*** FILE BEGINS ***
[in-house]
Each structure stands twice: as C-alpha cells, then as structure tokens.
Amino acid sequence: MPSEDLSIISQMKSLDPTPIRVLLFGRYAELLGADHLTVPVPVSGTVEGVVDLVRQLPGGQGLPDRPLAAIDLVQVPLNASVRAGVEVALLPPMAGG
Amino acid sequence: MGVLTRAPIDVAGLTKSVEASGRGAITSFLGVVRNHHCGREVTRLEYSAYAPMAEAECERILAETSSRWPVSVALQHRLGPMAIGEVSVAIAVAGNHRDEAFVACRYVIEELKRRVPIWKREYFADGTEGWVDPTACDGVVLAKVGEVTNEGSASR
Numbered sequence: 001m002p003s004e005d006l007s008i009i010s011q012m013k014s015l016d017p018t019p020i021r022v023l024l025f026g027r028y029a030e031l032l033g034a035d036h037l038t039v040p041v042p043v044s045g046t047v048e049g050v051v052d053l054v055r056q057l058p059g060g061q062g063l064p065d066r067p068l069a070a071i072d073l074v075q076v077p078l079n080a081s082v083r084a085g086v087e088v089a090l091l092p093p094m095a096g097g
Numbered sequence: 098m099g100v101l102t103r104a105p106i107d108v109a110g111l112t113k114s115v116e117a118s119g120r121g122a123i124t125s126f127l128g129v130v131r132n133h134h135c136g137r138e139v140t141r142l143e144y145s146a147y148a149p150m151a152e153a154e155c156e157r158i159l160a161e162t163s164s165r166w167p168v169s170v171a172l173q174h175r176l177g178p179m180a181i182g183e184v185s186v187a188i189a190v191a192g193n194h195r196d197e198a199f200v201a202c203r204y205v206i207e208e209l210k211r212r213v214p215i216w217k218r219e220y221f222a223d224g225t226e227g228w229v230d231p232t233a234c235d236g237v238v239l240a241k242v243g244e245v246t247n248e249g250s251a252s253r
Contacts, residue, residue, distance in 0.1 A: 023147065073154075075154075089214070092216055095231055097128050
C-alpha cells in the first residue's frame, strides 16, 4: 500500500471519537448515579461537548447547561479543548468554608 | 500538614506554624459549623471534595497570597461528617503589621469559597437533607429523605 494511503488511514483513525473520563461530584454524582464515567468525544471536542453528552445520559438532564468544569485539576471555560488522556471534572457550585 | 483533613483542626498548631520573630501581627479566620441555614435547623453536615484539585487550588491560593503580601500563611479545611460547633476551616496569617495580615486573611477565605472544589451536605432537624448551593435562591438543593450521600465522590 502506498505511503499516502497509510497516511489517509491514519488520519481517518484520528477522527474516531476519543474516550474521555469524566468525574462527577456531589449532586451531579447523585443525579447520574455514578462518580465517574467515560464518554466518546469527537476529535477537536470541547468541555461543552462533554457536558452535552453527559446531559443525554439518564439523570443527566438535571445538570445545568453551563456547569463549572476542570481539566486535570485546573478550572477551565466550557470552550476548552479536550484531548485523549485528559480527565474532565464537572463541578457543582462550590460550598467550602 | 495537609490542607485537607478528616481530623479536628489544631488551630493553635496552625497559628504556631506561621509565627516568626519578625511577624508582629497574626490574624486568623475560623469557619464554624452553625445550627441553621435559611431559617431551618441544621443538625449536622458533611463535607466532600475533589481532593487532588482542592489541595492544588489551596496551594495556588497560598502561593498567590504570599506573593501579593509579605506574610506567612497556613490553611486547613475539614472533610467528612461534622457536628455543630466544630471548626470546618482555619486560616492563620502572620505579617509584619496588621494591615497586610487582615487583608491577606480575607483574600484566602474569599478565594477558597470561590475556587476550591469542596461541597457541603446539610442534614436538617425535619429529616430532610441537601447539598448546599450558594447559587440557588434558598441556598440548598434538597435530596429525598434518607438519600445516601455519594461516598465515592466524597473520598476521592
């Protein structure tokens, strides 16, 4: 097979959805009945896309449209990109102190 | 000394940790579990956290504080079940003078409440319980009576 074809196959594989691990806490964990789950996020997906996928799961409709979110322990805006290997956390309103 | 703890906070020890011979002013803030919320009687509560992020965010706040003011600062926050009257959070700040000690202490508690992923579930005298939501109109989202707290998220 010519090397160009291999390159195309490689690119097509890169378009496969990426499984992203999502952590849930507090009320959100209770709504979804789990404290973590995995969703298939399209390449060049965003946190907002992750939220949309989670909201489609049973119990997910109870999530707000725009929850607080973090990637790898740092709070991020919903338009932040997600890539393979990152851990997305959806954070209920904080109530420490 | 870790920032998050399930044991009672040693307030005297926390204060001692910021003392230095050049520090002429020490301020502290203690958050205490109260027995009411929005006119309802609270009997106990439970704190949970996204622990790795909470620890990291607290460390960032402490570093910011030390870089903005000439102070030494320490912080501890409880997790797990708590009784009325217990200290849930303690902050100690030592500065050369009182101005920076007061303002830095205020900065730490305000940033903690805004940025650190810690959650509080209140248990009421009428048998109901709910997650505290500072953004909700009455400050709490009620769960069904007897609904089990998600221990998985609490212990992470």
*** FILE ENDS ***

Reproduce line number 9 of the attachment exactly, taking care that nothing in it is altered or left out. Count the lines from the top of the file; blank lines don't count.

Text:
């Protein structure tokens, strides 16, 4: 097979959805009945896309449209990109102190 | 000394940790579990956290504080079940003078409440319980009576 074809196959594989691990806490964990789950996020997906996928799961409709979110322990805006290997956390309103 | 703890906070020890011979002013803030919320009687509560992020965010706040003011600062926050009257959070700040000690202490508690992923579930005298939501109109989202707290998220 010519090397160009291999390159195309490689690119097509890169378009496969990426499984992203999502952590849930507090009320959100209770709504979804789990404290973590995995969703298939399209390449060049965003946190907002992750939220949309989670909201489609049973119990997910109870999530707000725009929850607080973090990637790898740092709070991020919903338009932040997600890539393979990152851990997305959806954070209920904080109530420490 | 870790920032998050399930044991009672040693307030005297926390204060001692910021003392230095050049520090002429020490301020502290203690958050205490109260027995009411929005006119309802609270009997106990439970704190949970996204622990790795909470620890990291607290460390960032402490570093910011030390870089903005000439102070030494320490912080501890409880997790797990708590009784009325217990200290849930303690902050100690030592500065050369009182101005920076007061303002830095205020900065730490305000940033903690805004940025650190810690959650509080209140248990009421009428048998109901709910997650505290500072953004909700009455400050709490009620769960069904007897609904089990998600221990998985609490212990992470």